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General Anxiety Disorder

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General Anxiety Disorder

If you've ever been in a car accident, especially one you may have caused, you know first-hand that it can be an extremely stressful situation. It is not uncommon to feel anxious about dealing with your insurance company or not having a car. However, people with generalized anxiety disorder may experience anxiety in this situation much higher than average, or, they may experience this level of anxiety during normal daily activities and events. Generalized anxiety disorder affects approximately 5% of children and adolescents and between 3–6% of adults (Strawn et al., 2018).1

  • What is generalized anxiety disorder?
  • What are symptoms of generalized anxiety disorder?
  • What are possible causes of generalized anxiety disorder?
  • What are treatments for generalized anxiety disorder?

Definition of Generalized Anxiety Disorder

Everyone experiences anxiety from time to time. It’s not uncommon for occasional worries about health or money to arise for many people. However, people who have been diagnosed with generalized anxiety disorder (GAD) experience anxiety consistently and for a longer period of time. This begins to interfere with the person’s daily tasks and quality of life.

Generalized anxiety disorder is an anxiety disorder in which a person experiences a chronic state of diffuse and autonomic nervous system arousal, even when there is little to no reason to worry.

For people with generalized anxiety disorder, they may feel more extreme worry about health or money than would be expected. Or, sometimes there is no clear reason at all for their anxiety.

People with GAD may constantly worry about potential threats. Psychoanalyst Sigmund Freud referred to this type of anxiety as free-floating, meaning it is not linked to a specific threat or stressor.

Symptoms of Generalized Anxiety Disorder

While the median age of onset for generalized anxiety disorder is 30 years, it can vary greatly. Many people may begin developing symptoms as early as childhood and adolescence while others may not begin to develop symptoms until older adulthood (Wittchen et al., 1994).2 The onset of GAD is usually gradual and can have a variety of symptoms. In addition to constant worrying, people with a generalized anxiety disorder may experience other cognitive symptoms including:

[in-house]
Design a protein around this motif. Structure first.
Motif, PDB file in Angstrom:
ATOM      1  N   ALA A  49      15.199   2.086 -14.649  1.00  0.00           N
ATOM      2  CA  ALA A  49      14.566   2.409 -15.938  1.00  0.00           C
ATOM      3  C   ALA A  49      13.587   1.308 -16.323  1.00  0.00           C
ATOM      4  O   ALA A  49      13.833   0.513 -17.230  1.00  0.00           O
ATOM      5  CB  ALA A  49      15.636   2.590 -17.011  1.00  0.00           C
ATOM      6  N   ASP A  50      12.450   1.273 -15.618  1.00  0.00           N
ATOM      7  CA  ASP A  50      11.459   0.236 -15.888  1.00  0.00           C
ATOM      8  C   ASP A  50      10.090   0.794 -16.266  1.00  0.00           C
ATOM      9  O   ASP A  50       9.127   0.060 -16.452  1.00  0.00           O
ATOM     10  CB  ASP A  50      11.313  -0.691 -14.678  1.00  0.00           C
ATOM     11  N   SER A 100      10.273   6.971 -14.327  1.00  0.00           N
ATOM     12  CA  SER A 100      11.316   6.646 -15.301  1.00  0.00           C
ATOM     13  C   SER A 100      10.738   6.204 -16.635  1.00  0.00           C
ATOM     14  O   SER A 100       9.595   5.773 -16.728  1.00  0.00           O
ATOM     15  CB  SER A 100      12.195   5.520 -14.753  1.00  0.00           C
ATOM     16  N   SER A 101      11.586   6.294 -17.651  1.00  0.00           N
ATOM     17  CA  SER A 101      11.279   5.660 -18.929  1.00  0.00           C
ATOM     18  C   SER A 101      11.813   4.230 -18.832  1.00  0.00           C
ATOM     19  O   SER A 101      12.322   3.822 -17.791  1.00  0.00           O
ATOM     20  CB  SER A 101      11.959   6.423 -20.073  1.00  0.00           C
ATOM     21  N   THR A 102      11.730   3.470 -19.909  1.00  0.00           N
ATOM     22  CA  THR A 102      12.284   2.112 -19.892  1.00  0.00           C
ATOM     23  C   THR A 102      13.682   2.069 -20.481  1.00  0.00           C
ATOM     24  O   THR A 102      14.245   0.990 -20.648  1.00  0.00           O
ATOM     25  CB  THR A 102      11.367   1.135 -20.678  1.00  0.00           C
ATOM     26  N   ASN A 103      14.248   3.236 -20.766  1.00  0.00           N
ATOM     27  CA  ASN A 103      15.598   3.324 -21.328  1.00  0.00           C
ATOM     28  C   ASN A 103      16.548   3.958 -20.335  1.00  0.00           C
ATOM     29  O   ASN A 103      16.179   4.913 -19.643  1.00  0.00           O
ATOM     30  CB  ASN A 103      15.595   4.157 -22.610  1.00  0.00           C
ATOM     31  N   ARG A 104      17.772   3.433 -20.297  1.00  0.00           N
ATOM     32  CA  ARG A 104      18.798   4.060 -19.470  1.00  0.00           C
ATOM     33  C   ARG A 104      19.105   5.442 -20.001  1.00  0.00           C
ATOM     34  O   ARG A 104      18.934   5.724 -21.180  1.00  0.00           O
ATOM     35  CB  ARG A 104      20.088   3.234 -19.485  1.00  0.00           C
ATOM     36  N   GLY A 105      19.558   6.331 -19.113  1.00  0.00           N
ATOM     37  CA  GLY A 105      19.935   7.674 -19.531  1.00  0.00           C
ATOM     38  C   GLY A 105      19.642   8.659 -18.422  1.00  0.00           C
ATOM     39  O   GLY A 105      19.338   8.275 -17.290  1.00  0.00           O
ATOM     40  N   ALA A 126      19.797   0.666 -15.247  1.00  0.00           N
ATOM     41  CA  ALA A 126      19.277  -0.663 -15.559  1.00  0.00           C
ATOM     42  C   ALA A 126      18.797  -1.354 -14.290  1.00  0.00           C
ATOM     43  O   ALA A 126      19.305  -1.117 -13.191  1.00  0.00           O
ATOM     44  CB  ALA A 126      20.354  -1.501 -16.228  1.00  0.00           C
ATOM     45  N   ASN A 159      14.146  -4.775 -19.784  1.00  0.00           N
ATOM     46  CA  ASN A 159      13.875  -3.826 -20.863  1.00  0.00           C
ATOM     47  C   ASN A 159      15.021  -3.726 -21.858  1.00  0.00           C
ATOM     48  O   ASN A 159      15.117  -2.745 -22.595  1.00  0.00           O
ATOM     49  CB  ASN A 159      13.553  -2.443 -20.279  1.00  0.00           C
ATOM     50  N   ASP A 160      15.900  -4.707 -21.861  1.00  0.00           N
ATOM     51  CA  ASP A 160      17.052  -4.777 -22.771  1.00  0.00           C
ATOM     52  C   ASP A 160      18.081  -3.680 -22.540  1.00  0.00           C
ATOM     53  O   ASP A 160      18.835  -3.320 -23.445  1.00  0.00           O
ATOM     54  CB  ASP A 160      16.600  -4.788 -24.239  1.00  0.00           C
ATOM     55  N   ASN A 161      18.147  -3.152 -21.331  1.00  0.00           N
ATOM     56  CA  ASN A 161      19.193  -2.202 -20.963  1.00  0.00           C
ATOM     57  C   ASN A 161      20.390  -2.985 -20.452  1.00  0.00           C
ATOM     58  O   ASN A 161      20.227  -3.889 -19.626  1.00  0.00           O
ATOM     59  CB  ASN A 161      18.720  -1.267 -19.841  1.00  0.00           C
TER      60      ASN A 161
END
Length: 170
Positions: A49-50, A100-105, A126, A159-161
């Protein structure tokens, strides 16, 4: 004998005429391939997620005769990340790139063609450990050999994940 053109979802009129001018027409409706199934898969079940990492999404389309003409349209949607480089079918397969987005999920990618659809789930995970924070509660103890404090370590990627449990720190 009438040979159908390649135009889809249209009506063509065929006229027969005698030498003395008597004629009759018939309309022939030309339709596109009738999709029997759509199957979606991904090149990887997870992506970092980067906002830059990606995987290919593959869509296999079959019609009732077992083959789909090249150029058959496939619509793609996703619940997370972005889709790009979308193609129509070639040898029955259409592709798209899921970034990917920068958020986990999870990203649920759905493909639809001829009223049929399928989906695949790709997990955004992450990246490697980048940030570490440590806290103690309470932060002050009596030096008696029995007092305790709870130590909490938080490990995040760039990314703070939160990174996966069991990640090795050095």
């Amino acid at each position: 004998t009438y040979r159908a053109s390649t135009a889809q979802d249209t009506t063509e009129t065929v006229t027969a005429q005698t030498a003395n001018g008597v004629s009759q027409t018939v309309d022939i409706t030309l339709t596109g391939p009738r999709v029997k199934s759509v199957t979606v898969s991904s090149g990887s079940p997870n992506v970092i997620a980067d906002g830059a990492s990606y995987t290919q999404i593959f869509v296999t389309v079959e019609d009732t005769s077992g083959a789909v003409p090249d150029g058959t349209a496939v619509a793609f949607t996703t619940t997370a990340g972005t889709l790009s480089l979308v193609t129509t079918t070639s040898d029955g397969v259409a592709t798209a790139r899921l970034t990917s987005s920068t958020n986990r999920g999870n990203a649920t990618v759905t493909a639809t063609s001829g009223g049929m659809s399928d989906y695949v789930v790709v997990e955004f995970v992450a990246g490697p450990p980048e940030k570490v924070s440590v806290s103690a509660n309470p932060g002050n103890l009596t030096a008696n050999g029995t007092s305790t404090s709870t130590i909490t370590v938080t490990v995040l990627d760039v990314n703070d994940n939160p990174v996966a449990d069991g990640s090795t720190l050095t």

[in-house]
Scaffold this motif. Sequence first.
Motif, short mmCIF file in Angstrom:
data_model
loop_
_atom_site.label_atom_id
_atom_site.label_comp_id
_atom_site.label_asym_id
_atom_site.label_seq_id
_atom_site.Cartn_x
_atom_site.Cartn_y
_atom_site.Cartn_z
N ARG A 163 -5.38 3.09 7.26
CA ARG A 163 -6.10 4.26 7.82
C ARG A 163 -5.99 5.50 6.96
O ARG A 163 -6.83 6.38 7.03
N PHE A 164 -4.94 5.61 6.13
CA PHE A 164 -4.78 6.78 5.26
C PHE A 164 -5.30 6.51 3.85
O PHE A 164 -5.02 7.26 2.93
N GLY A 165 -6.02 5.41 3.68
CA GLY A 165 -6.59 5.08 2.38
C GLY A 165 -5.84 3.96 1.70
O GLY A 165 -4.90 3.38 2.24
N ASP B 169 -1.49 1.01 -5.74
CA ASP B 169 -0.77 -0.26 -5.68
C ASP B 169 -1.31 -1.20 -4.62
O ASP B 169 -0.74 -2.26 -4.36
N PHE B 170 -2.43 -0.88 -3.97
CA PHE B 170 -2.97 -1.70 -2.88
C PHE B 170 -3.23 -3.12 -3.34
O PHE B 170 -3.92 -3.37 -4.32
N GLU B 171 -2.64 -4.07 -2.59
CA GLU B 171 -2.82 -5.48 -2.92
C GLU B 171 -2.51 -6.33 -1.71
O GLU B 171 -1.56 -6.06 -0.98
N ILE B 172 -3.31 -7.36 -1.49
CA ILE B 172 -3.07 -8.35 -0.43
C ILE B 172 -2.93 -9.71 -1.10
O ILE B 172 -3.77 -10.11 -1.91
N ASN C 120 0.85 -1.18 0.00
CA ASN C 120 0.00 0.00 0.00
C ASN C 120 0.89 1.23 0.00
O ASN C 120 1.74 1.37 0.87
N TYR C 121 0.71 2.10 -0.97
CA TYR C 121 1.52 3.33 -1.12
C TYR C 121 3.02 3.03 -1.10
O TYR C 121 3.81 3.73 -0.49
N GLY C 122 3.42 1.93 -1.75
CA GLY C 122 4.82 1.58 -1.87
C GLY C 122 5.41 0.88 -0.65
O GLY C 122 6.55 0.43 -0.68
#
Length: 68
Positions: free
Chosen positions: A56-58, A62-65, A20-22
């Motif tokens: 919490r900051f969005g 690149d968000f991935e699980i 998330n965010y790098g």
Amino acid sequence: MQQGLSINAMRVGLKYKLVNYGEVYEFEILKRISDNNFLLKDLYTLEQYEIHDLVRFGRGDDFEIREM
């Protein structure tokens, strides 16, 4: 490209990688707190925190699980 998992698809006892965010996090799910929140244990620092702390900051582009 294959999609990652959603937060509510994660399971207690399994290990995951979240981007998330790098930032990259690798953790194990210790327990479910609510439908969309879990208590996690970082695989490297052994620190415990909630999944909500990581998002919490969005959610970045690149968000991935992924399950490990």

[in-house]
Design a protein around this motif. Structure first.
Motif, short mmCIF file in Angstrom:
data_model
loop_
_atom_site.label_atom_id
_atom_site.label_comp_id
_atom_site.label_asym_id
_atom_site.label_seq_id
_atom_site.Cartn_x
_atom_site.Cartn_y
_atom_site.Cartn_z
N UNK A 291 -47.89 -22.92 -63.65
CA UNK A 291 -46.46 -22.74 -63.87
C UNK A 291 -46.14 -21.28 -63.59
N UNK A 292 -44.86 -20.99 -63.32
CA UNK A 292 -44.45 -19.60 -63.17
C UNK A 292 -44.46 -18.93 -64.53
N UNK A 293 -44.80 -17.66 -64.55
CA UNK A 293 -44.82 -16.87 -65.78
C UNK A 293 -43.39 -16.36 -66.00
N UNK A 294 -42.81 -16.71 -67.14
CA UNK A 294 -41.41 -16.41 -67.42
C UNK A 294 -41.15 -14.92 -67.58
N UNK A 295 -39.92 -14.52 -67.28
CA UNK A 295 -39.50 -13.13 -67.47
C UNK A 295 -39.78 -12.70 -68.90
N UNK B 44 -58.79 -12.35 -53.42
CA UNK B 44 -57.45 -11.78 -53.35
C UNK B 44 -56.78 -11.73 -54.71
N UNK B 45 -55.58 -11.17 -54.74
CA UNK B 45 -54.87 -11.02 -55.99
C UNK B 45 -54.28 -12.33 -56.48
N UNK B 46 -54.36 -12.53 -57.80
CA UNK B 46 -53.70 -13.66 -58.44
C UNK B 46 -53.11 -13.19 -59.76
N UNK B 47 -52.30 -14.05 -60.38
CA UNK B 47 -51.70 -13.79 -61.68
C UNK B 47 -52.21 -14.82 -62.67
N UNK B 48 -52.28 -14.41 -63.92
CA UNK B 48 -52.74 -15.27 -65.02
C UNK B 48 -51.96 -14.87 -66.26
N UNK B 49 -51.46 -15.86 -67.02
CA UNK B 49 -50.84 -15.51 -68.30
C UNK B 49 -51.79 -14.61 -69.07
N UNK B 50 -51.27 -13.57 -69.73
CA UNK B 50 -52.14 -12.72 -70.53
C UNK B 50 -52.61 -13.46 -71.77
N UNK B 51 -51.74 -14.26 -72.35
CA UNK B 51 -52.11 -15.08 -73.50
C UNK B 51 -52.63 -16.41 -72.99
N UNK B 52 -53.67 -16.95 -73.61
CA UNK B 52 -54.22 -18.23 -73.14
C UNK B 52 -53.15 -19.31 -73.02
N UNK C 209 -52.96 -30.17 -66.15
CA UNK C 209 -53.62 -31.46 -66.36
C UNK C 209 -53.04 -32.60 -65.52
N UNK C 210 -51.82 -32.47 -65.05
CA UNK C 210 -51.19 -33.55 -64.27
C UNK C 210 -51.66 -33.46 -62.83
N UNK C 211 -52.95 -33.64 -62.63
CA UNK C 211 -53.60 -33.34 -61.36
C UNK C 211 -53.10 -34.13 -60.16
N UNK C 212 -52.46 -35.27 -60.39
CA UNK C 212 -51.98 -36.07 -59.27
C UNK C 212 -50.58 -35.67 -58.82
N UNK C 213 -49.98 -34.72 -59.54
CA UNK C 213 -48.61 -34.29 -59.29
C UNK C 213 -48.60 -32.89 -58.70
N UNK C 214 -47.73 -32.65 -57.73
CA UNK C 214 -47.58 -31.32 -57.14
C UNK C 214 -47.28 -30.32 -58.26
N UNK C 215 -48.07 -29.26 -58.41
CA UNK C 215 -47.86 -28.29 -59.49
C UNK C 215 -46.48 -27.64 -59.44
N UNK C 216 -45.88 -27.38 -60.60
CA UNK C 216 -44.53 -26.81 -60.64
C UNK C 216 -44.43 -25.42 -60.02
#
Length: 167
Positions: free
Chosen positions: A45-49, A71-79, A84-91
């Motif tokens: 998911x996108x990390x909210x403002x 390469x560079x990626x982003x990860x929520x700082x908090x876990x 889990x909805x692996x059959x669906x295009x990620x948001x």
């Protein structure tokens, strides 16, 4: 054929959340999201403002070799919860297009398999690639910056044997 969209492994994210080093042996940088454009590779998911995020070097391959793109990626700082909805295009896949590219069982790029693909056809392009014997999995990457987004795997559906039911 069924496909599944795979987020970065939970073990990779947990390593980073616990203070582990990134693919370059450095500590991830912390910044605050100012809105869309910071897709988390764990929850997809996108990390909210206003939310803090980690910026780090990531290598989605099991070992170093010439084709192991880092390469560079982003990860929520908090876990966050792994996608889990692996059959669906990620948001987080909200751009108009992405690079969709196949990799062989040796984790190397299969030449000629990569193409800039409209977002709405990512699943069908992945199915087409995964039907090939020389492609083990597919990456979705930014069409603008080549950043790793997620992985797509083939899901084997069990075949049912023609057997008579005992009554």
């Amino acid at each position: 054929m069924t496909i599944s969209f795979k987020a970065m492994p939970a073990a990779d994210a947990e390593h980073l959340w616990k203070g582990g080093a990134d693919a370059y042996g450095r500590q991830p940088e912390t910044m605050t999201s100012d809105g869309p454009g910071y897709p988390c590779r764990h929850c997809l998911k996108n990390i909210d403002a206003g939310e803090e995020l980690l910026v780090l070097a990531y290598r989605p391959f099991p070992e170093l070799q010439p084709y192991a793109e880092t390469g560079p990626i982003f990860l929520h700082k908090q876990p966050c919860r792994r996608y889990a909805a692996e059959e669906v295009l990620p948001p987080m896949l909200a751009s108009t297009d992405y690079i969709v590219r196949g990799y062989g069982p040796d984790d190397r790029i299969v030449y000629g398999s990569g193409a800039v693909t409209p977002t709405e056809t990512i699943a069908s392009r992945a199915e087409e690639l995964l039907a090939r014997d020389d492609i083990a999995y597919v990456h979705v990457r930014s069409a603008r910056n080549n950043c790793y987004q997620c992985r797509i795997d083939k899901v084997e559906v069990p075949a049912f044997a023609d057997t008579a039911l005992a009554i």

• Constant overthinking of plans and solutions

  • Difficulty making decisions or fear of making the wrong decision

  • Fixation on potential threats

  • Difficulty concentrating

  • Irritability

  • Feelings of helplessness

Constantly feeling stressed or worried can also cause physical symptoms as well. These may include:

  • Chest pain

  • Heart palpitations

  • Fatigue

  • Muscle aches

  • Trouble sleeping

  • Restlessness

  • Dizziness

  • Gastrointestinal problems

Generalized Anxiety Disorder Insomnia and Generalized Anxiety Disorder Symptoms StudySmarterHe may be experiencing insomnia due to anxiety. Freepik.com

These symptoms can present differently for everyone, especially children and adolescents. For example, symptoms of generalized anxiety disorder for a teenager may look like this:

  • Perfectionism

  • Worry about school performance or sporting event

  • Excessive worry about being on time

  • Spending a lot of time on homework

  • A constant need for reassurance about performance

  • Lack confidence

  • Frequent stomach aches

Potential Causes of Generalized Anxiety Disorder

Generalized anxiety disorder can have many causes. For one, GAD can run in the family, suggesting there may be some genetic factors involved. Several twin studies have found strong evidence that there is a genetic component and that GAD has a heritability of about 30% (Gale & Browne, 2003).3

Brain chemistry and function can also play a role in GAD. For example, Hölzel et al. (2013)4 found that patients with a generalized anxiety disorder had a higher amygdala activation to facial expressions than healthy patients. This aligns with other studies that found that individuals with GAD have a more difficult time with emotional regulation as well as understanding their own emotions. (Marganska et al., 2013).5 Patients may also have an imbalance of brain chemicals such as norepinephrine and serotonin.

Finally, environmental risk factors can also increase a person's likelihood of developing generalized anxiety disorder such as constant exposure to stressful situations. For example, studies have found that childhood trauma and low socioeconomic status may also increase one's risk of GAD (Stein & Sareen, 2015).6 Additionally, constant caffeine or tobacco use, as well as other drug or alcohol misuse, may also trigger its onset.

Generalized Anxiety Disorder Smoking and Generalized Anxiety Disorder Diagnosis StudySmarterSmoking can be a risk factor for developing a generalized anxiety disorder. Pikwizard.com

Diagnosis of Generalized Anxiety Disorder

To make a generalized anxiety disorder diagnosis, the patient must meet certain criteria. As aforementioned, experiencing anxiety occasionally is normal for everyone, however, GAD can be disabling and constantly interfere with daily functioning. For someone to be diagnosed with GAD, they must experience all of the following, as outlined in the DSM-V: